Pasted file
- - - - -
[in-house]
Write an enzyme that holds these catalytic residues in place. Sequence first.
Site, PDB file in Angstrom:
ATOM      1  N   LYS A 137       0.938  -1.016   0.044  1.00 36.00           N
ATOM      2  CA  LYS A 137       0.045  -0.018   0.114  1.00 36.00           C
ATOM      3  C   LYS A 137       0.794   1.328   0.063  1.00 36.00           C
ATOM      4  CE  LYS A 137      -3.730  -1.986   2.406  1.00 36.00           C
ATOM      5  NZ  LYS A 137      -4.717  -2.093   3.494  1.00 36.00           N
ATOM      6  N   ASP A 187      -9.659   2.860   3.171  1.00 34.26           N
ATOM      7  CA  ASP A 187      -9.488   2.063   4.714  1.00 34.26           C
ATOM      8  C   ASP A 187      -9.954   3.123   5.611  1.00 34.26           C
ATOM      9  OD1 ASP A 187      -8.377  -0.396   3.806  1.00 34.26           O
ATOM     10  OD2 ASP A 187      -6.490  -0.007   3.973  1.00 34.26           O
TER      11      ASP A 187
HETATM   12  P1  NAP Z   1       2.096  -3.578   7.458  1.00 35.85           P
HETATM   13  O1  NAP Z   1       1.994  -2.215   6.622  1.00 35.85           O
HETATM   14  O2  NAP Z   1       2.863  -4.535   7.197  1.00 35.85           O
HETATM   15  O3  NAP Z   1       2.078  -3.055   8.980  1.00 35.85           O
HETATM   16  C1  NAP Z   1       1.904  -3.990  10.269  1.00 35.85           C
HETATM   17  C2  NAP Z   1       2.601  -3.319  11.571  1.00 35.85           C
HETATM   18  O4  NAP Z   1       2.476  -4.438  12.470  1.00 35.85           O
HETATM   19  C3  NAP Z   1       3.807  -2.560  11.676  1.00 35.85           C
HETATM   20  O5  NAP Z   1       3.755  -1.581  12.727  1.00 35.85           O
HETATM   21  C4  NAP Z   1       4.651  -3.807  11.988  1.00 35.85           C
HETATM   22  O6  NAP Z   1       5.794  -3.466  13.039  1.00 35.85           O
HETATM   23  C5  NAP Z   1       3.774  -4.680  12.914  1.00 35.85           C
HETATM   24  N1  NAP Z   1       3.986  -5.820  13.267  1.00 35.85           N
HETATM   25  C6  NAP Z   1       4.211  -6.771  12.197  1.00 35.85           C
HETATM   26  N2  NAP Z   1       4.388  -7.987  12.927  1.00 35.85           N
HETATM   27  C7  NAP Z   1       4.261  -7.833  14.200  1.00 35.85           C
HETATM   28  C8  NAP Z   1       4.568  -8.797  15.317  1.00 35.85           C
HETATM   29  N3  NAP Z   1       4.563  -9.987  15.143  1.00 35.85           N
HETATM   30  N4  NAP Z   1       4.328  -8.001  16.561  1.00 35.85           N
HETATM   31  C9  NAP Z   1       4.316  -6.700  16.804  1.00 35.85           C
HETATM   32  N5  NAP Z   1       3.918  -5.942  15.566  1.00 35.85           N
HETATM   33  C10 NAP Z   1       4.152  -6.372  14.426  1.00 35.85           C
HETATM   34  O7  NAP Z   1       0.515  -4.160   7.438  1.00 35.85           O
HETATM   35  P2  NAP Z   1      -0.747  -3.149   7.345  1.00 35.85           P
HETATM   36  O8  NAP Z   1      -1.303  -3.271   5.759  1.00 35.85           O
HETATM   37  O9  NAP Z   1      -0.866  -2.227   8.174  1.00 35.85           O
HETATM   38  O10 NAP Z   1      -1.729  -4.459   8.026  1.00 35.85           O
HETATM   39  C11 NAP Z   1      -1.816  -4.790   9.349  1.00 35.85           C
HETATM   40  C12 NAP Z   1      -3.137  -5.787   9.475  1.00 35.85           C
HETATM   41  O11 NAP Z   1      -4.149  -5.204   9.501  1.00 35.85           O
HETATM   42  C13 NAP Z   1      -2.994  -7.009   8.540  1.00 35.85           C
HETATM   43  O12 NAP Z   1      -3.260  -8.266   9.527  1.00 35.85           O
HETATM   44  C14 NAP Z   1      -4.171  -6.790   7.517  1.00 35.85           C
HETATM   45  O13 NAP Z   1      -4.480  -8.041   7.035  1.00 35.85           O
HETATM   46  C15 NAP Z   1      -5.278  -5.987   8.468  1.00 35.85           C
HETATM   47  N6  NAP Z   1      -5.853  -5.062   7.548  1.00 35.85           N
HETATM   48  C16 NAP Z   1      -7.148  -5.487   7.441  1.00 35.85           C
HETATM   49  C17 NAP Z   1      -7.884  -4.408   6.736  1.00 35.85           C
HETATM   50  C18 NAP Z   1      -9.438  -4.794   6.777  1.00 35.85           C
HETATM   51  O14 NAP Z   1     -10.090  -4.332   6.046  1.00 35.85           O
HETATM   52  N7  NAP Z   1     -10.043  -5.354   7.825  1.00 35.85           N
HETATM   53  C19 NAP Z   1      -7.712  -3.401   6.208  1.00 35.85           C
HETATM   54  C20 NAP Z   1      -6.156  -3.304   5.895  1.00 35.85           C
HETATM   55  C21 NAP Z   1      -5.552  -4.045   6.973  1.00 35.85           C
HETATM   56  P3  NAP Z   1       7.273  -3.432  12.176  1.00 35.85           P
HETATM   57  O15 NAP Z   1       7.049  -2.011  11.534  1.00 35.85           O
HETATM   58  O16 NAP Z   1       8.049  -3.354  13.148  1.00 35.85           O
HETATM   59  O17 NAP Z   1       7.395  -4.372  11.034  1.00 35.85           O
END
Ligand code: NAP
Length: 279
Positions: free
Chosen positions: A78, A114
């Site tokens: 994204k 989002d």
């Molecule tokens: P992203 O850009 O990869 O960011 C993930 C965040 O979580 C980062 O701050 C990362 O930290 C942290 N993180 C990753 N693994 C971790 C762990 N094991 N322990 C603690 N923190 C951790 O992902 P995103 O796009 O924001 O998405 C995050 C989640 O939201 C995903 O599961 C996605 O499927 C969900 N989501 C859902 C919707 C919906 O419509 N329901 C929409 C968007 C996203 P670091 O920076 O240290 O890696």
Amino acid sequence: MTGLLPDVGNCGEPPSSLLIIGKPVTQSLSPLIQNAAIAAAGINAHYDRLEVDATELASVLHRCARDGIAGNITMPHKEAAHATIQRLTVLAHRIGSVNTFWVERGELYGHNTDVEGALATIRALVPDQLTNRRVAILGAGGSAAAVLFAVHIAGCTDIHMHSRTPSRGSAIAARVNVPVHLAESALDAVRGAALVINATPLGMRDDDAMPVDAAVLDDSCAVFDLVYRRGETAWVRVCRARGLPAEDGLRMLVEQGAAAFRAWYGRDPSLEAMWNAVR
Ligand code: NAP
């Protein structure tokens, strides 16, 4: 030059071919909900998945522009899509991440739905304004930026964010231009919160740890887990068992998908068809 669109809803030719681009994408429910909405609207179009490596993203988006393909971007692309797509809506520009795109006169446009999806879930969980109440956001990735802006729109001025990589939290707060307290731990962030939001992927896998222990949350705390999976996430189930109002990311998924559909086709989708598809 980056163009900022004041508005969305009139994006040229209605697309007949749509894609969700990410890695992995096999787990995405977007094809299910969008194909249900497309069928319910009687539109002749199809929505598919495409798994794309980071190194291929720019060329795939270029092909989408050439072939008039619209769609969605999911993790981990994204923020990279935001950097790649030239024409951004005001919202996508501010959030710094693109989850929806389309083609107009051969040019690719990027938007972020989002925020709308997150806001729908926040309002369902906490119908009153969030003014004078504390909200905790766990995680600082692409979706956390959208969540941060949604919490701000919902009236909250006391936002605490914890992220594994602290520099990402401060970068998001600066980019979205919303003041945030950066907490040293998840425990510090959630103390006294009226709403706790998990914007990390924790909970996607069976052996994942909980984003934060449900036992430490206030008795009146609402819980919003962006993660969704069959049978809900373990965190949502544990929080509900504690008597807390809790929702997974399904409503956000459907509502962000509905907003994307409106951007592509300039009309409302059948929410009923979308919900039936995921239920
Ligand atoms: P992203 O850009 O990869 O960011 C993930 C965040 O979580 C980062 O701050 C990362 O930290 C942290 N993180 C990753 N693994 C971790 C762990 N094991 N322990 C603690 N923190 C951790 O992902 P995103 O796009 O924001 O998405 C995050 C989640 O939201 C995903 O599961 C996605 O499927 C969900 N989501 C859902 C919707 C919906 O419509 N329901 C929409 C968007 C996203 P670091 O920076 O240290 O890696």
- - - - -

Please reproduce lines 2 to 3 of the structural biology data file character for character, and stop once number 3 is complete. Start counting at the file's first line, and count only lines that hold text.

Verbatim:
Write an enzyme that holds these catalytic residues in place. Sequence first.
Site, PDB file in Angstrom: